dishwashers

Whirlpool Gold WDF730PAYW Review

The Whirlpool WDF730PAYW is a blindingly white, cheaply designed—yet affordable—addition to the Gold Series.

Our editors review and recommend products to help you buy the stuff you need. If you make a purchase by clicking one of our links, we may earn a small share of the revenue. Our picks and opinions are independent from any business incentives.

Introduction

The Whirlpool WDF730PAYW is a blindingly white, cheaply designed—yet affordable—addition to the Gold Series. While taking its sweet old time to complete a cycle, the WDF730PAYW is an effective cleaner of dishware—at least on the Normal and Heavy washes.

Available for around $500, we don’t imagine owners will have too many complaints. AS with most machines in the Gold Series, the WDF730PAYW is not meant to astonish users, but it certainly manages to avoid disappointment.

Design & Usability

Whoa! A white Whirlpool dishwasher? Get out!

We’re not huge fans of Whirlpool’s incessant use of this bright white tone, and the front control panel does little to impress fans of high-end appliance design. But, clearly, this machine is built for function, not form.

Clearly, this machine is built for function, not form. Tweet It

Even so, the control panel definitely has a cheap feel to it. The entire interface is push-button operated, but the responsiveness of these buttons is, well, somewhat lacking. That being said, the range of controls is thorough, allowing for intuitive operation and customization. This is impressive given the price range.

As far as the interior goes, we were less impressed with the lower rack, which has a single adjustability mechanism that is frustrating, to say the least. Essentially, there is an additional row of tines that you can slide from side to side, but all this did was get in the way. While we were still able to fit the standard 10 place settings, it required some serious, clumsy maneuvering to reach. We’ve seen this sliding mechanism in other Whirlpool models, and we hope it goes away soon.

Features

A couple of unique options mixed with an array of familiar features

There are two unique features to the WDF730PAYW—well, at least their unique to Whirlpool. There’s the Power Scour option, which, according to Whirlpool, uses 40 spray jets to “scour away baked on foods.” It also includes a series of larger jets that help clean large dishware without soaking or scrubbing. There is also an additional “Sensor” cycle that adjust cycle length and intensity according to the volume of food soils remaining in the wash tub.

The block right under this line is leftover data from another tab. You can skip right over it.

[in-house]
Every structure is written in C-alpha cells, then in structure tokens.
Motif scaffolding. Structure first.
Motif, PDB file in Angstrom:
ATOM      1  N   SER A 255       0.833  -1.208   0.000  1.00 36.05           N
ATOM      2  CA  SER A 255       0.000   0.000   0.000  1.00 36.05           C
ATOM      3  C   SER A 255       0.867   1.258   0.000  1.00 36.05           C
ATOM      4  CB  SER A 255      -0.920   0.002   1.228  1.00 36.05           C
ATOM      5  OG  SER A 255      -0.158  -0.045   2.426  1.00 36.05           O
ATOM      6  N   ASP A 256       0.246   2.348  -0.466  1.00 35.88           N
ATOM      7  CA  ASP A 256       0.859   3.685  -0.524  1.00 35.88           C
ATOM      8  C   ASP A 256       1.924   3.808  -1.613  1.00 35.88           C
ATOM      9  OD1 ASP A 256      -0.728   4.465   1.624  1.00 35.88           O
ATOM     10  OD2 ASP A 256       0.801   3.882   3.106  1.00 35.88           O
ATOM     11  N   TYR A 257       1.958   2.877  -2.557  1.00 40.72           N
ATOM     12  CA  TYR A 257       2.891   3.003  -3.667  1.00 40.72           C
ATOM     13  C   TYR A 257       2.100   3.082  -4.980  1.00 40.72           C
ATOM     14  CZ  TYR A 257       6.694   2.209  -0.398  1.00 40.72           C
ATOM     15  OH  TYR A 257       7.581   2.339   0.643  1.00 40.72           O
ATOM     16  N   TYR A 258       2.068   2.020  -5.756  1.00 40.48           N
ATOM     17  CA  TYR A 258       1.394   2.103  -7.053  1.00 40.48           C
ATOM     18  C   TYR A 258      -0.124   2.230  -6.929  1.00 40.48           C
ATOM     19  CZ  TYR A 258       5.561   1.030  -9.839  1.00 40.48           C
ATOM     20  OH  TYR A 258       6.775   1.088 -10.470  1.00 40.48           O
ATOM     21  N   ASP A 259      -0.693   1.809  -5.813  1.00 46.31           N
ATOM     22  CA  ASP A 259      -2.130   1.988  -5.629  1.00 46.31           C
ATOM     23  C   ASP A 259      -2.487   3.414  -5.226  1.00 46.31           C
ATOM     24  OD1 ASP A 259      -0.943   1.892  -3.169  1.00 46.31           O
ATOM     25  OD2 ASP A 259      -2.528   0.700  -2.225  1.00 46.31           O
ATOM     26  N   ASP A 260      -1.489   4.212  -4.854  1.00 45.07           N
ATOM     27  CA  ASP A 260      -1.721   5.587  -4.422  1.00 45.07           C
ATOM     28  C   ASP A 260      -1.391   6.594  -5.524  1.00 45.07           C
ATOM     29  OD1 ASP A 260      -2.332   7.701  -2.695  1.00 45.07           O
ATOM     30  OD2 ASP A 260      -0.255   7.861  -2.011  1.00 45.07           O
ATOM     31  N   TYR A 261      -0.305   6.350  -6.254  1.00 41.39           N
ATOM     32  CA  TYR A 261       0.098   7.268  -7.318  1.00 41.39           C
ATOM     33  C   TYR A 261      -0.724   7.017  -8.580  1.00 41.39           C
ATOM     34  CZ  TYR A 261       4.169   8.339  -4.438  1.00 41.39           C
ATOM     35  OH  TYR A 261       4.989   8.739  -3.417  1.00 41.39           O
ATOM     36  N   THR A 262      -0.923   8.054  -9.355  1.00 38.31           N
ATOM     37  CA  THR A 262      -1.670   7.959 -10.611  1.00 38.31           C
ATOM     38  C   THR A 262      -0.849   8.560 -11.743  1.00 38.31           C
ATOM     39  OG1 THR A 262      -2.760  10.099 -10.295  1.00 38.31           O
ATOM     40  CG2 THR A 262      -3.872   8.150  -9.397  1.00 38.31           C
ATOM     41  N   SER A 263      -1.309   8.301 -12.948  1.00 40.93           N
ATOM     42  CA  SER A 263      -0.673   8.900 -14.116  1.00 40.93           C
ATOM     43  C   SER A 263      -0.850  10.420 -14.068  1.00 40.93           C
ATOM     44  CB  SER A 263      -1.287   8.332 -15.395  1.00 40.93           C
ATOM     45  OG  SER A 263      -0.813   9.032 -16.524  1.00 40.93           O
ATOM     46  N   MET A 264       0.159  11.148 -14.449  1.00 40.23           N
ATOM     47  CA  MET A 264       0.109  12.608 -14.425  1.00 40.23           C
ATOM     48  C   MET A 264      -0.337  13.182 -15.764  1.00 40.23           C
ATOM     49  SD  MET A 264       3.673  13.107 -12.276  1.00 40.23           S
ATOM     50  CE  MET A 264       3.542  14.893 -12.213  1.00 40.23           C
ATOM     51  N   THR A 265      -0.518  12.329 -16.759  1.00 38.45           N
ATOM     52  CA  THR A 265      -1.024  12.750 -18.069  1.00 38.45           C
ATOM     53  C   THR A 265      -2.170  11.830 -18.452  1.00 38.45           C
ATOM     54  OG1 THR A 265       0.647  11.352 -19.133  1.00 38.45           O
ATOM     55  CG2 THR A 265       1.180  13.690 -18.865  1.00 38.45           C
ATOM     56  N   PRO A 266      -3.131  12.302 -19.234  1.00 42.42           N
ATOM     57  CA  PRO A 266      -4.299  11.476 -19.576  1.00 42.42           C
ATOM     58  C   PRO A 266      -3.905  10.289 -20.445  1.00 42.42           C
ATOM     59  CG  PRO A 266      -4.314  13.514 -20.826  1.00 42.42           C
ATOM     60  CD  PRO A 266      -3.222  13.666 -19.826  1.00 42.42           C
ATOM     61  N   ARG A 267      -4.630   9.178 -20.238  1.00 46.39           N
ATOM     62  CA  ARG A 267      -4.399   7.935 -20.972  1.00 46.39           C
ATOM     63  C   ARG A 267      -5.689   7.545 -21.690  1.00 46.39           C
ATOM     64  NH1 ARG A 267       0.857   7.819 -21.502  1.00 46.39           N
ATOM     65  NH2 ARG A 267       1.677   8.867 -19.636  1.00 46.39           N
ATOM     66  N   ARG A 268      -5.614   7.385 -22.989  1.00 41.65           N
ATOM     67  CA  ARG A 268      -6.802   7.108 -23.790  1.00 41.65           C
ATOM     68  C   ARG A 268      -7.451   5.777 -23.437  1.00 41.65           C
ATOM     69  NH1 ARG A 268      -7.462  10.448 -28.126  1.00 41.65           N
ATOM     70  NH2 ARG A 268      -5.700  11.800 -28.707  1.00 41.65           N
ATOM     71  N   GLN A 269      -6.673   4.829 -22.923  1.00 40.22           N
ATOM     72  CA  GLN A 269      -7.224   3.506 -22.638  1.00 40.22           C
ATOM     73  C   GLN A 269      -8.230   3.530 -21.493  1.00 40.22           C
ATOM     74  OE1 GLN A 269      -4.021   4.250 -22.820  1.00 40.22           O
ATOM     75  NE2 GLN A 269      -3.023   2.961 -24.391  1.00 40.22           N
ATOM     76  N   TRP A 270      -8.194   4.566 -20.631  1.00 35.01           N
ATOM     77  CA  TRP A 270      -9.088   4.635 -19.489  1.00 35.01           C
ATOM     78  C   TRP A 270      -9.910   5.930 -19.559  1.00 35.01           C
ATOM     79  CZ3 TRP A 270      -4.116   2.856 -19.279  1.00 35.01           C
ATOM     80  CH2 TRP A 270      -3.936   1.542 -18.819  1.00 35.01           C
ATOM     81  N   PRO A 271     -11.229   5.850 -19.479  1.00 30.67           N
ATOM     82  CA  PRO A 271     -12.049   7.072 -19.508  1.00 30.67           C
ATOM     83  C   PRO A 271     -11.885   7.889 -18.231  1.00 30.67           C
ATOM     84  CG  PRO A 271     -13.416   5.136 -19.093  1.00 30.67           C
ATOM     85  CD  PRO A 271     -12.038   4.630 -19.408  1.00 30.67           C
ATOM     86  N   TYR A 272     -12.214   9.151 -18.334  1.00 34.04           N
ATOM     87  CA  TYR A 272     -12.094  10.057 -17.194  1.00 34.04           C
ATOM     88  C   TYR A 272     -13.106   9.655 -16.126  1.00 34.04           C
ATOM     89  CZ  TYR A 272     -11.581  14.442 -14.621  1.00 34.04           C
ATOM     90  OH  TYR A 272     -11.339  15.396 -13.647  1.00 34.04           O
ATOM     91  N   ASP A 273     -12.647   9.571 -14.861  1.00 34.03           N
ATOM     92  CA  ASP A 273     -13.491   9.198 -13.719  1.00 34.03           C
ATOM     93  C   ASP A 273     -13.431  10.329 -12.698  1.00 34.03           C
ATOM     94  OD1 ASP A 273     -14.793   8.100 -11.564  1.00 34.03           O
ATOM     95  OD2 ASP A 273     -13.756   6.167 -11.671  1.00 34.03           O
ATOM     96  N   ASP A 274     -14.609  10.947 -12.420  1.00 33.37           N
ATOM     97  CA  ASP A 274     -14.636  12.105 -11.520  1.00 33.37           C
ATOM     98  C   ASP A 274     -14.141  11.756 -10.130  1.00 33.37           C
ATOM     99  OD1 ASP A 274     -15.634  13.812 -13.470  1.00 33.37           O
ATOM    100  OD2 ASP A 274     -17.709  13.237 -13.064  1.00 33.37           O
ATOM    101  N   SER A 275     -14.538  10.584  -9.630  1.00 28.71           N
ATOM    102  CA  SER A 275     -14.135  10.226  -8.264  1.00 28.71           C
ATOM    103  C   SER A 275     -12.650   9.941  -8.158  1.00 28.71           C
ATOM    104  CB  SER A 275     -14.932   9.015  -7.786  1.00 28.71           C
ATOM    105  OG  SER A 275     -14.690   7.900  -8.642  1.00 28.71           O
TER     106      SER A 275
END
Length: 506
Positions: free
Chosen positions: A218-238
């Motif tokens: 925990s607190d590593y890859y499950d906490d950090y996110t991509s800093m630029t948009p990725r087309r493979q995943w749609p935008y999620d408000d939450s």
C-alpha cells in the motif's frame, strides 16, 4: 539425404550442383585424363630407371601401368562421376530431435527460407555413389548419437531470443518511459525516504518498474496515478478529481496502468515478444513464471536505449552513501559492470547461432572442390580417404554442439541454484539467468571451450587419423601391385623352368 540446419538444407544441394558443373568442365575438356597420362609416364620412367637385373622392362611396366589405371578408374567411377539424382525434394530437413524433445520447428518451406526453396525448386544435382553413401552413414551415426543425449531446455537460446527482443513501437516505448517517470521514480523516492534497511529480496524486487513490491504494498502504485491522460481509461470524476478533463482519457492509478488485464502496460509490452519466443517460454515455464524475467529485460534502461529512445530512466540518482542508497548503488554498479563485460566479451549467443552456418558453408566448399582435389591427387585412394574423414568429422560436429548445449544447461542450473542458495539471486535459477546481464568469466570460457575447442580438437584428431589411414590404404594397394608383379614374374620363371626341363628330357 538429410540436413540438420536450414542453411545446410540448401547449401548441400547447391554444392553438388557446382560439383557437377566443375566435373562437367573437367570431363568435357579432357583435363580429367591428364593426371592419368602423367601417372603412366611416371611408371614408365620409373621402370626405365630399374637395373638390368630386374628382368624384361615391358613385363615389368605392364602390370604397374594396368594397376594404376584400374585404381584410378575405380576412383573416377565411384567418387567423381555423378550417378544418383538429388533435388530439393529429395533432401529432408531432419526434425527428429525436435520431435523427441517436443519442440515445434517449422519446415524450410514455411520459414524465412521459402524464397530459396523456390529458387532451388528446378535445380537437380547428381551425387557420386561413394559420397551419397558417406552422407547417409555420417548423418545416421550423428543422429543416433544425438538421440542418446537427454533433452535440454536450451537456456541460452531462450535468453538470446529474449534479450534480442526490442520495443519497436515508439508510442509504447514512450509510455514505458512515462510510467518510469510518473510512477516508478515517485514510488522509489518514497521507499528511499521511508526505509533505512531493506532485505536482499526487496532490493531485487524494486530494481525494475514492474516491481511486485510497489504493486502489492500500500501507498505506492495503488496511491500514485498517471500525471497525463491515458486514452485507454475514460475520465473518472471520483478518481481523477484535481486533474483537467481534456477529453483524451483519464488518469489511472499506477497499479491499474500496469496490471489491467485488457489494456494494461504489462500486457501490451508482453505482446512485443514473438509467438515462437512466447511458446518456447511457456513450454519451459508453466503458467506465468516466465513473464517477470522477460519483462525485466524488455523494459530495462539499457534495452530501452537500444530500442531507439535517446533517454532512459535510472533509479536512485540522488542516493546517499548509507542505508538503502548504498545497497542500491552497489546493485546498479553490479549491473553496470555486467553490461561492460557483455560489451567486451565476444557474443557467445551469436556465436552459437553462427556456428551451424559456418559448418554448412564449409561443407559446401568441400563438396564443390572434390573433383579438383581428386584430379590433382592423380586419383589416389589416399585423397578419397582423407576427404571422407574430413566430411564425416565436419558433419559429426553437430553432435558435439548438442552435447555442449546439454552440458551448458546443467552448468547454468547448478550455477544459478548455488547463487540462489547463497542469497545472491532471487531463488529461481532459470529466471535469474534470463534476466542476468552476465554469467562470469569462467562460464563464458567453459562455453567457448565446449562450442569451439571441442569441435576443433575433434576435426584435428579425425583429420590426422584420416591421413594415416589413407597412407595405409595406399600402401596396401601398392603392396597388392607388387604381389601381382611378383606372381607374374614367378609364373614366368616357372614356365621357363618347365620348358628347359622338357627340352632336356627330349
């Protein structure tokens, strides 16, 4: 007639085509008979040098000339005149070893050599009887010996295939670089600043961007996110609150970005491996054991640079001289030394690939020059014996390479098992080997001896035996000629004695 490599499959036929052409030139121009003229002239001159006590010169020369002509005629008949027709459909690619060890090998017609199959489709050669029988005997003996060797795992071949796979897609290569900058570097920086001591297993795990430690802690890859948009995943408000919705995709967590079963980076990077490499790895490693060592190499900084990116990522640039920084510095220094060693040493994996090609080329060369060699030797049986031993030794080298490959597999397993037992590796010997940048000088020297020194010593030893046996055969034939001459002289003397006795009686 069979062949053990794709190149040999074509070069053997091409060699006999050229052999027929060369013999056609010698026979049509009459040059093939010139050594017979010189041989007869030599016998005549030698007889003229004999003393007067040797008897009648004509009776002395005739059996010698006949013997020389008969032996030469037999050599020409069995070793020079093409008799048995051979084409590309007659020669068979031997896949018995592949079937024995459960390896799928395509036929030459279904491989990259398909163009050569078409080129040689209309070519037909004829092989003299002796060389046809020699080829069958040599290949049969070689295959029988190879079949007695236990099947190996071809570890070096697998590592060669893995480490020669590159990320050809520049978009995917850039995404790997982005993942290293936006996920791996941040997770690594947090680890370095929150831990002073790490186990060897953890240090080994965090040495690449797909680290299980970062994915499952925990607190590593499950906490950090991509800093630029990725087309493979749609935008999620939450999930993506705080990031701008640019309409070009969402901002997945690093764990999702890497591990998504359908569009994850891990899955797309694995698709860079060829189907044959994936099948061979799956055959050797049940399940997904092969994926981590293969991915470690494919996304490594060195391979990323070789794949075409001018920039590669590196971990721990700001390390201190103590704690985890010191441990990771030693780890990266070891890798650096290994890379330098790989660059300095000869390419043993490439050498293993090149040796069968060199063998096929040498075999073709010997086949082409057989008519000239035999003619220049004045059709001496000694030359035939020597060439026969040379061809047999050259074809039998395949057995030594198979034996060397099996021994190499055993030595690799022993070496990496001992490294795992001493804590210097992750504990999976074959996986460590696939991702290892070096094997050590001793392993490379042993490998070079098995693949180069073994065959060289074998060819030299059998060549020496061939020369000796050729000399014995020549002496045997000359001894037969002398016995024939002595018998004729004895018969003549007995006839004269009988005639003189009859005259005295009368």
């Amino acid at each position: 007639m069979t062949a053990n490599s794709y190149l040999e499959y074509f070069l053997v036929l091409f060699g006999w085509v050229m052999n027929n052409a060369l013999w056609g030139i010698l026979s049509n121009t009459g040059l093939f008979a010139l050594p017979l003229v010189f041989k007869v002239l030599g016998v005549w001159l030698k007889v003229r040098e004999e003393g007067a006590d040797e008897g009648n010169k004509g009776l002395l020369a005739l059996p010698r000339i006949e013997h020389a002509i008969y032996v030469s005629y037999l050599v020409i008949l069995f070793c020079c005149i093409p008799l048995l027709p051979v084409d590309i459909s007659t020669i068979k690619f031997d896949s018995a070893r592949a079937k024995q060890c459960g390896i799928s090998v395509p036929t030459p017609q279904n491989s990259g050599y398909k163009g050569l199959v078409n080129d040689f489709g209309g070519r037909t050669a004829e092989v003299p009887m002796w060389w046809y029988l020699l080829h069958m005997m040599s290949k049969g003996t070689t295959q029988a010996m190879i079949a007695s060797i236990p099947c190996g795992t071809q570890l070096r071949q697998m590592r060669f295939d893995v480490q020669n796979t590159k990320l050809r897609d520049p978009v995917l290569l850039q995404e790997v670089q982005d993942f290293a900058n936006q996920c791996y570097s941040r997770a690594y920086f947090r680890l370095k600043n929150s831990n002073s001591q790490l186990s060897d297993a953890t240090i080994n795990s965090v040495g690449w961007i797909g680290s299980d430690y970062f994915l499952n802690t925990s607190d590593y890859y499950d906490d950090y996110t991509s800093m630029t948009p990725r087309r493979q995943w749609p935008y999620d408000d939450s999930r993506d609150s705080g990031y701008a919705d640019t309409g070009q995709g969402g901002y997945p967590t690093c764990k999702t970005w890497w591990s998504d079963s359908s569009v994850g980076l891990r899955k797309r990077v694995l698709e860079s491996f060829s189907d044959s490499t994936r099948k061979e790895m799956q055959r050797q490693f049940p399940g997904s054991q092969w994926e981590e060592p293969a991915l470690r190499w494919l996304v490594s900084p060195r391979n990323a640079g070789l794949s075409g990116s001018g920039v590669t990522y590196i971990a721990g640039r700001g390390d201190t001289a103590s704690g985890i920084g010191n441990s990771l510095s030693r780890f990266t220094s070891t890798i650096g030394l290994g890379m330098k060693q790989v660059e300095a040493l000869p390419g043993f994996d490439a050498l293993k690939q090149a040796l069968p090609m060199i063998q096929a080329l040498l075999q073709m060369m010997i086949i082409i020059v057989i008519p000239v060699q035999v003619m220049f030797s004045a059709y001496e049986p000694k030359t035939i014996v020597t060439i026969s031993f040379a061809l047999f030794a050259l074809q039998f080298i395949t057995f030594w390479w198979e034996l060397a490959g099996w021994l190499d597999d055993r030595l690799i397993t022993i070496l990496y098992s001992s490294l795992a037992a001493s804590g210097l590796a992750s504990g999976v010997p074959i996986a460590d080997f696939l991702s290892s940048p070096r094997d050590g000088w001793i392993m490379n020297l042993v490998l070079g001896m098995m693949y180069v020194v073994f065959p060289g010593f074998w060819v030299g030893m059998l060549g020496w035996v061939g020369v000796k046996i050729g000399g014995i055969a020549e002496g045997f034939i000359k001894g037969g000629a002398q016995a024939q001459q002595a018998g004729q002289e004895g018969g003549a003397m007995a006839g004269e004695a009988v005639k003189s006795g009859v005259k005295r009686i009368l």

Aside from these proprietary features, the WDF730PAYW also features the standard array of wash options: an “Eco” cycle, which is more energy- and water- efficient; an Over Night cycle, which lasts longer in order to preserve water and energy; Hi-Temp Wash option; Sani Rinse; Heat Dry; and Delay (2, 4, or 8 hours).

Performance

We were pleasantly surprised by the WDF730PAYW’s performance.

Given the low cost and cheap build, we were pleasantly surprised by the quality of the WDF730PAYW’s wash cycles. While we were not exactly awestricken, our data show a clear knack for scrubbing dishes. The 1-Hour Wash, not surprisingly, was not very effective, but both the Normal and Heavy washes did very well on some of our most difficult stain tests, including burnt milk, baked-on egg, burnt cheese, and baked-on spinach.

While we were not exactly awestricken, our data show a clear knack for scrubbing dishes. Tweet It

However, we’d recommend staying away from the 1-Hour Wash altogether—unless you’re hard-pressed to get some dishes cleaned within the hour, of course. But that’s probably a rare occasion. The Heavy cycle scored the highest, which is impressive because that cycle includes three additional stains. Usually, because of these three additional stains, the Normal cycle ends up scoring the highest. Interestingly, there was not much of a difference between these two cycles in terms of efficiency and duration. Check out our science page for the raw data.

Conclusion

The $500 price tag is fair for what you get.

Were the WDF730PAYW just $100 more we’d be reluctant to give it our recommendation, but $500 is a very fair price, and you’ll get your money’s worth. Here are our biggest qualms: the design, the clumsy lower rack layout, and the duration of the cycles. In the end, though, these are not huge issues. Obviously, you’ll have to factor the WDF730PAYW’s lazy design into your kitchen layout, but if that’s not a concern we don’t imagine many folks will have many problems with this dishwasher. After all, it is sufficient at cleaning dishes, and that’s the most important thing.

Our editors review and recommend products to help you buy the stuff you need. If you make a purchase by clicking one of our links, we may earn a small share of the revenue. Our picks and opinions are independent from any business incentives.
Our editors review and recommend products to help you buy the stuff you need. If you make a purchase by clicking one of our links, we may earn a small share of the revenue. Our picks and opinions are independent from any business incentives.
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Our editors review and recommend products to help you buy the stuff you need. If you make a purchase by clicking one of our links, we may earn a small share of the revenue. Our picks and opinions are independent from any business incentives.
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